WARA's Afro-Latin Fusion Is Dance Music With A Conscience
Interview & Words by: Stephanie Dando
WARA didn’t so much as elbow themselves into the London Afro-latin music scene so much as they kind of pioneered it. Despite this, word of WARA the band is criminally undocumented across the web. In one of the only other features on them you can find, written over half a decade ago, they say that their aim is to reinterpret Latin music for a young UK audience. They do this, and so much more. Starting from their roots as a nine-piece, Cuban-infused musical collective, WARA have always lent their voice to the world’s injustices. Now, their unique take on Afro-latin dance music with a message has its place more than ever.
Three women comprise WARA: Eliane Correa, Juanita Euka, and MC Fedzilla (Federica). But there weren’t always just three. “There used to be nine of us, mostly dudes.” Eliane says to me before the show, foot crossed over knee, eyes flickering around the room. She possesses barely contained energy and drive, as though she’s counting down the seconds until she can be up there on stage (Later, when I ask who writes the songs, Juanita and Federica will point to Eliane and exclaim, “Her! She does everything! She’s our songwriter, demo maker, events manager, producer…” Eliane tells them to shut up).
Their first album, Leave to Remain, was eight tracks of feel-good, Afro-influenced, Cuban-spiced mambo , with multi-lingual lyrics and oscillating themes of home, identity, borders, and London. The record would set a template for the band’s curious infusion of dance music with real world issues. It starts with London. When I ask these three ladies how London has shaped their sound, Congolese-Argentinian Juanita says,
Chilean-German Federica, aka witty wordsmith and MC Fedzilla, continues, “You could make a dubstep tune with your neighbour or you could do a salsa collaboration. I’ve met some amazing drummers and there’s so many amazing musicians from everywhere. There’s so much music in London. The only reason that we haven’t left here since things have gotten nasty [Brexit] is if I wake up on a Monday and decide I wanna go to a reggae jam, I can, or if I wanna go play with a Cuban band or an insane dubstep night I can.” Not even the US is comparable to the vibrant London music scene. “The African music scene [in the US] is dead,” Eliane complains. “I went to an African show in Chicago and even that was so limited.”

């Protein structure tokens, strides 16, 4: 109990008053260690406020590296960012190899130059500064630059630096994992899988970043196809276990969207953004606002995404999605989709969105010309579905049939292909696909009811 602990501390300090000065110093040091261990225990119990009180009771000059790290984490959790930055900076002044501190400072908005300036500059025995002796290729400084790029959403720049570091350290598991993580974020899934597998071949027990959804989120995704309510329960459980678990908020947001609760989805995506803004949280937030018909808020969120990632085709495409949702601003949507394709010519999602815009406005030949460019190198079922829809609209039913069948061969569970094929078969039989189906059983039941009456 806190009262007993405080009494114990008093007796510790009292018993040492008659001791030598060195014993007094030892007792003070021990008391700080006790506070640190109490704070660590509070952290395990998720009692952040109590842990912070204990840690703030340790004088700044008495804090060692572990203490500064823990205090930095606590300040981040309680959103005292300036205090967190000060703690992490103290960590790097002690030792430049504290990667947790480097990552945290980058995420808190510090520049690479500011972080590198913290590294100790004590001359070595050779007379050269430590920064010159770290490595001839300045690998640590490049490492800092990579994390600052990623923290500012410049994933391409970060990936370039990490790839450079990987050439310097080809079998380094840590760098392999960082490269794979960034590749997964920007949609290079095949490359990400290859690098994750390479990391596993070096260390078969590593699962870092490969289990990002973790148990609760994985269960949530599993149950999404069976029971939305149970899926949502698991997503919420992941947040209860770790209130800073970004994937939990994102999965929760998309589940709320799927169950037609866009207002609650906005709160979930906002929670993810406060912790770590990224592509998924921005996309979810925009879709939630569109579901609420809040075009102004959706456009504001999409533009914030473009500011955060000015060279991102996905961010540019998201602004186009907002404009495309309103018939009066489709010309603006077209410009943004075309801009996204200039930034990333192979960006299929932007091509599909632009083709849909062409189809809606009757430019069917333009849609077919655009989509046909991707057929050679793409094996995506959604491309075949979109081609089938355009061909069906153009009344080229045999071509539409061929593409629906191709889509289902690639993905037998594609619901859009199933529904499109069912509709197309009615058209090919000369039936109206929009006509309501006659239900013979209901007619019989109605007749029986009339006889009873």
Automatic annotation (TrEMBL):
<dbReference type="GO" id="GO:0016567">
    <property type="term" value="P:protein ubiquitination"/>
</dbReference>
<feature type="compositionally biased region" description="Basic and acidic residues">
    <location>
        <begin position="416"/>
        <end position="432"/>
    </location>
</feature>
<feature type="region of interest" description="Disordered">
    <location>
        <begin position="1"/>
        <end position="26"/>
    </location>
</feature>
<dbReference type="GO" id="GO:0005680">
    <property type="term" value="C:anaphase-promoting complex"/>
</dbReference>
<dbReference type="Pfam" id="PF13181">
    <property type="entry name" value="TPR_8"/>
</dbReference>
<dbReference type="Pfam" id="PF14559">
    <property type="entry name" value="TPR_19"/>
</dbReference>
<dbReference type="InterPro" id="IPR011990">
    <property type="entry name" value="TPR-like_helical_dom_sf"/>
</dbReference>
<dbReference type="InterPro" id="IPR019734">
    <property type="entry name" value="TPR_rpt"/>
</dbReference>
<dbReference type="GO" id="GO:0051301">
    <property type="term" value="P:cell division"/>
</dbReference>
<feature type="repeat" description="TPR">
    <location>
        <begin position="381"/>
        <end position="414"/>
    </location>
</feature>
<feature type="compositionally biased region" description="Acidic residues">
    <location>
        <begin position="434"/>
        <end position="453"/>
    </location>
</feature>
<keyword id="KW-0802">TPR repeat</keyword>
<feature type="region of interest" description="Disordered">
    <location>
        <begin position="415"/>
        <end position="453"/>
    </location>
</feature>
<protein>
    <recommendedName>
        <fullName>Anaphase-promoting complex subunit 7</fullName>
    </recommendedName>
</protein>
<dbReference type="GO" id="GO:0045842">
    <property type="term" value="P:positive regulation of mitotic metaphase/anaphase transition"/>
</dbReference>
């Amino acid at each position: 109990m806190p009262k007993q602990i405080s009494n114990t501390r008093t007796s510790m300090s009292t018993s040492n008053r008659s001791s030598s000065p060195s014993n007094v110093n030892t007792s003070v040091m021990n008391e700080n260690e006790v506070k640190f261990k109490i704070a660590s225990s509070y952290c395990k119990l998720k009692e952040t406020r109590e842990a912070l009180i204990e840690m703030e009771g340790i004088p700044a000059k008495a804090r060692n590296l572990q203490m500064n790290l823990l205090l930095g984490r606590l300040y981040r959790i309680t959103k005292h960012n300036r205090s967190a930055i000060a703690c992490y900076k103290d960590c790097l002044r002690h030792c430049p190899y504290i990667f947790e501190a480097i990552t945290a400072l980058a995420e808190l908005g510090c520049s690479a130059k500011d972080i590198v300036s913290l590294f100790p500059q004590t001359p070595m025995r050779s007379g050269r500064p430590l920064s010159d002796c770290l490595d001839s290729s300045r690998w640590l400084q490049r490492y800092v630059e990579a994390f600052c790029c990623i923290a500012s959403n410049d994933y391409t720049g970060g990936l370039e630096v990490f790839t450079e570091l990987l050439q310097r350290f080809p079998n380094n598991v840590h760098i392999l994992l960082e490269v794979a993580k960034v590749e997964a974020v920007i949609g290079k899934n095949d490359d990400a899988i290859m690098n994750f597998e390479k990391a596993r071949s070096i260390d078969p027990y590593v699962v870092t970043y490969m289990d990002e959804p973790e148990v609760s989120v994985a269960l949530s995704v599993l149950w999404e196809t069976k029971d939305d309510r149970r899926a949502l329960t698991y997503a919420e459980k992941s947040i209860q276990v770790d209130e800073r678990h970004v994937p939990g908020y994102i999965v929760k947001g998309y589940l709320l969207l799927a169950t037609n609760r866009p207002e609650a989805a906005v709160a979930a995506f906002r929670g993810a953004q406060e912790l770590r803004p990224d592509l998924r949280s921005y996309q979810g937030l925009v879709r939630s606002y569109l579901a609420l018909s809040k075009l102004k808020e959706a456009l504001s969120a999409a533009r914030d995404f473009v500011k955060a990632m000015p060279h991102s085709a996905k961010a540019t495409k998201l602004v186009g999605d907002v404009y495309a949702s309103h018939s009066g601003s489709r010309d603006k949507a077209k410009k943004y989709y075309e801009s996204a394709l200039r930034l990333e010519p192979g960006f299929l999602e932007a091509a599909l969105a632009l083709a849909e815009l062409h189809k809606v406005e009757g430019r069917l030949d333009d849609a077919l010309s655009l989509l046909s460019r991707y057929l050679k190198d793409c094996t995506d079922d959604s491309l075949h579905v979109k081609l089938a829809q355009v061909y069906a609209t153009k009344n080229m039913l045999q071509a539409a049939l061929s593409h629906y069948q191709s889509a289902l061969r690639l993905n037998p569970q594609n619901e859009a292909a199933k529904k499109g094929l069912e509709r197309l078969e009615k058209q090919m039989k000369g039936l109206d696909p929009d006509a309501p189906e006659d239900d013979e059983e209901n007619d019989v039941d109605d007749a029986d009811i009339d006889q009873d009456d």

But though London presents with inexhaustible variety when it comes to music, with the good also comes the bad. In their first release, all that time ago in 2013, the initial track opens with “Welcome to London. City where the sky is grey and no one has nothing to say. You won’t even get to know your neighbours… where nothing is what it seems.” It is easy to imagine a baby, nine-piece WARA first coming to grips with a city where famously no one smile at you on the street and knife crime is higher than anywhere else in the world. “At the same time,” Federica says, eyes intent on mine as she gestures. “You do have fucking crazy sex trafficking here in London. You have people getting their asses beat by the police to shreds in some back alley. I mean, Canary Wharf is the financial hub of the world and men and women go to work in their fancy fitted suits, but in the same district you’ve got people having two-day orgies.” She laughs. “That is London.”
Their Facebook page categorises WARA as ‘performance art’, and when you watch them up there on stage, it becomes clear why. Together, they have a particular energy that makes it difficult to look away; with Juanita’s smooth, deep singing and MC Fedzilla’s rapping as compelling as a hyponotist’s medallion, the dembow-heavy bass perfectly frames the rhythm of every song while Eli’s keyboard guides the rhythm and emphasises in all the right places. In the distracting glow their music creates, it’s easy to not listen to what’s actually being said. “Run for cover! It’s raining lies on the radio…” as taken from ‘Run For Cover’. “Words flow right when there’s passion in between,” MC Fedzilla raps, “And rules are just tools if you know how to use ‘em. Refuse to produce and consume an illusion.” The group’s dynamism is most clear when considering that they can still make you want to jive even when they’re soliloquising the world’s ills.
When I ask Eliane, the one known as the powerhouse, how she wants people to feel when they listen to WARA, she doesn’t hesitate before answering, “I want them to dance”. Juanita echoes this message.
But WARA hasn’t stopped changing or evolving, and there’s no sign that it will. “Anger allows us to feed into something a lot more specific. For example, when I first joined the band it was Somewhereland that was the sound I could collect with - the fact that you left your friends and your whole life. So I could collect to that song and feel how Eli felt when she wrote that song,” Juanita shares. “But there are songs now that I did connect with that I don’t anymore. It’s important to refine our anger and update our views as we go along.” I ask them what it is that inspires their social activist themes - don’t they just want everybody to dance? Surprisingly, they all laugh. Eliane, before sharing a glance with her band-members, shrugs. “Times are hard.”
You can follow Wara on Instagram @waramusic